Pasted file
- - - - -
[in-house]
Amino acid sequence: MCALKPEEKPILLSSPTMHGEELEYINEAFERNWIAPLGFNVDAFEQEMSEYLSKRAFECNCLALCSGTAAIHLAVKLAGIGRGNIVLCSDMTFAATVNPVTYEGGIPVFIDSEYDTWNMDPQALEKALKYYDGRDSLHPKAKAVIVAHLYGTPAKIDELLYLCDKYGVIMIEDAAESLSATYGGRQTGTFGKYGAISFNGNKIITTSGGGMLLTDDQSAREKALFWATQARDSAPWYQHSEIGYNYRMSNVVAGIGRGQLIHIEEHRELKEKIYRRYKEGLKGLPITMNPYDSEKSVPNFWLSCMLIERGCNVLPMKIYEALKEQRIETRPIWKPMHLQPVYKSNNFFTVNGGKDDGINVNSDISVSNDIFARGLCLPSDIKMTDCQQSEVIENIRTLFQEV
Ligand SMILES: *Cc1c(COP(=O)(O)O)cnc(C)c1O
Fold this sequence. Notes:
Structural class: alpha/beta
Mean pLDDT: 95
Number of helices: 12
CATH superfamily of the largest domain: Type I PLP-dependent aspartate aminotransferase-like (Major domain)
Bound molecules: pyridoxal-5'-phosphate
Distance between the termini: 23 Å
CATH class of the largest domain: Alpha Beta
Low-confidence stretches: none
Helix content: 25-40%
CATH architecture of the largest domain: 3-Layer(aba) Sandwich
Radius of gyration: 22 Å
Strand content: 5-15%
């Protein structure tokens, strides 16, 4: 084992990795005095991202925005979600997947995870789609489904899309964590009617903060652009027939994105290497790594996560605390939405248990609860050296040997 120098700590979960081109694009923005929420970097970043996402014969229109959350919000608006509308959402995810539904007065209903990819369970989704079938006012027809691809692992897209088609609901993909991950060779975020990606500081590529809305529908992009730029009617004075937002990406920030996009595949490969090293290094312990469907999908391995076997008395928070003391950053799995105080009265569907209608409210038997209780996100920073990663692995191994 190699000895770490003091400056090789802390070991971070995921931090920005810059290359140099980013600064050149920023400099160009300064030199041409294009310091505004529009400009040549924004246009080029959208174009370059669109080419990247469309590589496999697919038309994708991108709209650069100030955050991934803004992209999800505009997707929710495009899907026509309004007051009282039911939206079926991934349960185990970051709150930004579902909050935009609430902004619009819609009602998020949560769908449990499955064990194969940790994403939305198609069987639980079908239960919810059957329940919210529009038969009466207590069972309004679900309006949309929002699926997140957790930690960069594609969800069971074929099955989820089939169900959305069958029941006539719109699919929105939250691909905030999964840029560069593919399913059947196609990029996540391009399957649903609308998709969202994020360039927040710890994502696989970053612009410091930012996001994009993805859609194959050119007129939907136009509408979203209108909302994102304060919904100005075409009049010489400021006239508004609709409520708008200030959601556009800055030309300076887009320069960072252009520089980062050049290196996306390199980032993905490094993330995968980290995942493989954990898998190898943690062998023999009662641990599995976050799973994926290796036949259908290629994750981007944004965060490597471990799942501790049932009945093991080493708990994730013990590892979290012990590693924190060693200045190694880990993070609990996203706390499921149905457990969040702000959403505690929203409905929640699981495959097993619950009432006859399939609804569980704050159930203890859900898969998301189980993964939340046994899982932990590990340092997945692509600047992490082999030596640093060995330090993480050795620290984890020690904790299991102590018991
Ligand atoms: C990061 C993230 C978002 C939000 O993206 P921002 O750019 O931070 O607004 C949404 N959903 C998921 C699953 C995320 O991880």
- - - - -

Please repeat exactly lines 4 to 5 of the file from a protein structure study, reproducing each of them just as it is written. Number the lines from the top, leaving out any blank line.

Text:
Fold this sequence. Notes:
Structural class: alpha/beta